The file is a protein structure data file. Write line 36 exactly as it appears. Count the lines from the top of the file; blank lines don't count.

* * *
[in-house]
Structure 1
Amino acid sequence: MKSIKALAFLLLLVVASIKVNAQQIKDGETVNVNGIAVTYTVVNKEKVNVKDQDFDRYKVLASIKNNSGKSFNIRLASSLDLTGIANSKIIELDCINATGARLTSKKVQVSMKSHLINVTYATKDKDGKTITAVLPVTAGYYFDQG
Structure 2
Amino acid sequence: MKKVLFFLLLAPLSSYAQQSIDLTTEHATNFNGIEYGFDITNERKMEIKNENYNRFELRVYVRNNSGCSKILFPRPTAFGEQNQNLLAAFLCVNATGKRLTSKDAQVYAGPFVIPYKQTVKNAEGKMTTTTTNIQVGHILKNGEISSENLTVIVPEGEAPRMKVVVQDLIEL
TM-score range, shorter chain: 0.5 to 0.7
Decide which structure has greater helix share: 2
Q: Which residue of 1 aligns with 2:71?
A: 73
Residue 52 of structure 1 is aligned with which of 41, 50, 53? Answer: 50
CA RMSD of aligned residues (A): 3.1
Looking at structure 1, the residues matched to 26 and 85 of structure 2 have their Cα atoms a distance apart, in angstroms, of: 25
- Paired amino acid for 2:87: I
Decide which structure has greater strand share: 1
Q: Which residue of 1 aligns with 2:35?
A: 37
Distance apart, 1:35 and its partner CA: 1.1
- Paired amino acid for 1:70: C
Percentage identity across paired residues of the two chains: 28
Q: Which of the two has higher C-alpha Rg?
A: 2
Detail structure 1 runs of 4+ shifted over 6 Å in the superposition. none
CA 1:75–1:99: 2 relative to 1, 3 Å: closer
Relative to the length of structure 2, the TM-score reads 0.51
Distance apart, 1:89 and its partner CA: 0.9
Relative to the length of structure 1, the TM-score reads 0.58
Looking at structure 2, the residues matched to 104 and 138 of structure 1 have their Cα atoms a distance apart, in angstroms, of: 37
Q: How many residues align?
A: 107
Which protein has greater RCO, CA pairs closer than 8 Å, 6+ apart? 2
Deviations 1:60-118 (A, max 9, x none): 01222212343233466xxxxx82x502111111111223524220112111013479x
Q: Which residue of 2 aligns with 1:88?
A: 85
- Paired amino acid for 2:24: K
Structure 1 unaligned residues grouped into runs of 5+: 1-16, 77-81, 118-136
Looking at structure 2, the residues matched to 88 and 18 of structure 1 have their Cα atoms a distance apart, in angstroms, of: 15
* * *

Looking at structure 2, the residues matched to 88 and 18 of structure 1 have their Cα atoms a distance apart, in angstroms, of: 15